The moon, a bit more than three days old, will be the brightest, shining at about magnitude -10.6. Brilliant Venus, in a gibbous phase, will be shining at -4.1, and much more distant – but far larger – Jupiter will be shining at -2. For comparison, the brightest star in that general region of the sky will be Vega, at magnitude 0. (Vega will be a bit north of west (281°) and about 54 degrees above the horizon – quite high. It will probably “come out” a bit after Jupiter.

If you use binoculars, try to find a way to hold them really steady. The old spyglass I plan to use is about the same power as binoculars and I’ll try to steady it against a telephone pole or tree. My target will be be Jupiter and it’s four Galilean Moons – the ones Galileo spotted 398 years ago. These are a challenge for binocular users. They will look like faint stars on either side of the planet and very close. My guess is with luck you’ll see three of the four – and they should be easier to see before it gets totally dark. Under a real dark sky the glare of the planet may make them more difficult to see.

Here’s how they would look in a small telescope – this image is right side up, however, and most astronomical telescopes will reverse the view. I post it here in this way because it shows the order of the moons as they would be seen in binoculars at this time. Also note how they are in a straight line pretty much in line with the planet’s equator. Do keep in mind that in binoculars the planet’s disc will barely be detectable and the moon will be dim and close. Also remember that these moons change position hour-by-hour, so this view is for 4:45 pm EST.


What if it’s cloudy? What will you see on other nights this week? Don’t despair – this is a great show for a couple of weeks and very instructive to watch the changing relationships. By tomorrow night the moon will have gotten brighter and much higher and each night it will get brighter and higher. But that’s the usual moon routine. More fun will be to watch the dance of Venus and Jupiter. Each night Venus will get higher, Jupiter lower. So a week from now Venus will have climbed a couple of degrees higher, while Jupiter will drop lower each night. So on December 8, 2008, the view from Westport at 4:45 pm will be this:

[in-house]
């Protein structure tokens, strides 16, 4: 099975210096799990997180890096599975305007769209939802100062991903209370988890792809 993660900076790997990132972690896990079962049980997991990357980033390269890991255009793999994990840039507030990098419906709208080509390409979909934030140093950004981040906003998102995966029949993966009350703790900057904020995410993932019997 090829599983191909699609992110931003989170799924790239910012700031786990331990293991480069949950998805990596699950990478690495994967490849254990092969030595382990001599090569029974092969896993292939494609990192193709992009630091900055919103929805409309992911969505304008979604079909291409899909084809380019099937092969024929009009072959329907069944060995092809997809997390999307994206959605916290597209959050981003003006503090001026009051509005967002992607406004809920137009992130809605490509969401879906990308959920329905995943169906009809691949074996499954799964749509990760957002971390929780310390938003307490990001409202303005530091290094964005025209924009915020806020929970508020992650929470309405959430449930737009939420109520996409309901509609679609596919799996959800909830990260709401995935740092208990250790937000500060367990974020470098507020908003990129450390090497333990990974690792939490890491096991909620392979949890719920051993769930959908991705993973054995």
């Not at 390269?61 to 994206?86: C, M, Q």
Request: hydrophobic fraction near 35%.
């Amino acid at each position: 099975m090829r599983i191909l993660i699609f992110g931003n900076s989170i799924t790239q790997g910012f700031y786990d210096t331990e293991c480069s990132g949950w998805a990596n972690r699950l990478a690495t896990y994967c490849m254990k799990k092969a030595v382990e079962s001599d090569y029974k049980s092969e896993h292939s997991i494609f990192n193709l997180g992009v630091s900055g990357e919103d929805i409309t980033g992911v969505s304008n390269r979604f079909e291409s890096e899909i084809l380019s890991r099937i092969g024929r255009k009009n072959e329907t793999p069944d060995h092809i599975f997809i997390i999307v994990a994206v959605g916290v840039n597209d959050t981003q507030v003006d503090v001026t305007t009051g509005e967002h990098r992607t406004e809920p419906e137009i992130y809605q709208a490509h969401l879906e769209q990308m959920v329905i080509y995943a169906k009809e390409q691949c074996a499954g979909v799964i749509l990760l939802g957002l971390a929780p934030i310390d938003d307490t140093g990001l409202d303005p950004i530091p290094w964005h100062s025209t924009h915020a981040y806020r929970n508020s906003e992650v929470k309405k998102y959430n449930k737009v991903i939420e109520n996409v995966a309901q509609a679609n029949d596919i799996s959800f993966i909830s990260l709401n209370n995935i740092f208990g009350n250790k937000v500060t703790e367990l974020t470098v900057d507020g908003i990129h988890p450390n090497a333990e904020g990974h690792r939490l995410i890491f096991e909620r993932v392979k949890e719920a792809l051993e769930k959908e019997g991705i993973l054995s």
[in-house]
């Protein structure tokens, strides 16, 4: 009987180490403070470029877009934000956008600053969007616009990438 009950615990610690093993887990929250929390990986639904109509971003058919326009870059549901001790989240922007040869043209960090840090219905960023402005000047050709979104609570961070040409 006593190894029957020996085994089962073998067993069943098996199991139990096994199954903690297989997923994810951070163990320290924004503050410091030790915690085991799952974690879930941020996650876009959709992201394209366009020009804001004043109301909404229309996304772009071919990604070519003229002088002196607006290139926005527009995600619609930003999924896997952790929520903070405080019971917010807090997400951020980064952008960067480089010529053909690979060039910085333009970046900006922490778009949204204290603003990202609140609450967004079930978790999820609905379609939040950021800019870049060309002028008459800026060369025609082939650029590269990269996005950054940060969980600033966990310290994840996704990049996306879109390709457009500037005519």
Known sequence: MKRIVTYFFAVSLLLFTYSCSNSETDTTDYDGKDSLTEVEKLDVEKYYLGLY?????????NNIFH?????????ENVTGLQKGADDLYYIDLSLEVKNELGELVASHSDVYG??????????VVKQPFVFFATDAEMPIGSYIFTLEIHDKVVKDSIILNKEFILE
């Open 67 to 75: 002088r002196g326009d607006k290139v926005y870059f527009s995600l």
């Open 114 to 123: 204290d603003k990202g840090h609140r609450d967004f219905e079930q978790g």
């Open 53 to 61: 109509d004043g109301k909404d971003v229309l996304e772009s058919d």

What a dance! This is a great exercise for adults and children – observing and drawing – or photographing – the changing relationships. (Hope some teachers make this an assignmennt!)

Among other things it’s a great reminder that we’re all in motion. The Earth is spinning at about 800 miles an hour (Westport) and so each night, minute by minute, the planets get closer to our horizon. We’re also traveling at about 66,000 miles an hour in our orbit around our star and that changes our relationship to the two planets. But at the same time the planets are eaCH moving – Venus in a smaller orbit, Jupiter in a much larger one. They move at different speeds. So all the relationships are changing – and, of course, the moon is moving around the Earth.

You can check out these changing relationships by looking at the wonderful online Orrery here. Taking this view of things you will see how the reality of these motions around the Sun relate to the reality of what we see in our sky. (For pictures and more discussion on this aspect, see my earlier post here.) Then if you really want to put your brain in gear, try to figure out why the moon and planets appear so different from Australia!

Wow! Isn’t it a ball living on this ball?

(Well, in this ball. I really think we should dump that idea about living “on” the Earth. The Earth, quite thankfully, includes a thin, but protective shield called the atmosphere. It’s that atmosphere that we live in – we are like crabs crawling along the surface beneath a sea of gas. But without that atmosphere we wouldn’t be here – and if it weren’t so transparent – generally – we wouldn’t see any of this great show. So we’re really on a spaceship with a great life-support system and viewing port! )

Circle December 1- nice sky show – picture opportunity

Hey folks – well folks living in mid-northern latitudes roughly near mine (41.5 N) – circle Monday, December 1 on your calendar, then at 5 pm (or about half an hour after sunset) go out and take a look at the sky to the southwest. You should ses something like this.

Moon, Venus and Jupiter as depicted by Starry Nights software.

Moon, Venus and Jupiter as depicted by Starry Nights software.

You should see a beautiful crescent moon (-10.6), bunched together in a neat little triangle with brilliant Venus (-4.1)and still bright Jupiter (-2). (Of course the moon will look bigger than shown here – the size of the dots for the planets are large to represent their brightness, but they will look like very bright stars.) Should make an easy shot for your digital camera as well – give it a try. The key to such shots is to frame the sky with some nice trees, buildings, or whatever. Take a look at what Hank Walter did here, for example.


But even if you don’t take a picture, having two bright planets join the 3-day-old moon is just fun to see – and pretty. To understand how the planets end up aligned this way, take a look at this earlier post. The moon gets added to the mix because right ont his night it’s lined up between us and the Sun and quite close to the Sun. I checked this in Starry Nights software – the objects are all less than 3 degrees from one another which means you should be able to cover them with your fist held at arms length. (They’ll be roughly two fists above the horizon at 5 pm so you need a clean southwestern horizon.)

If the weather is scrummy (that’s a scientific term) then try Sunday night or Tuesday night – the moon will be much lower Sunday night, and significantly higher Tuesday night – but still fit in the picture.

If anyone gets a picture I’d love to see it and would be happy to post it here.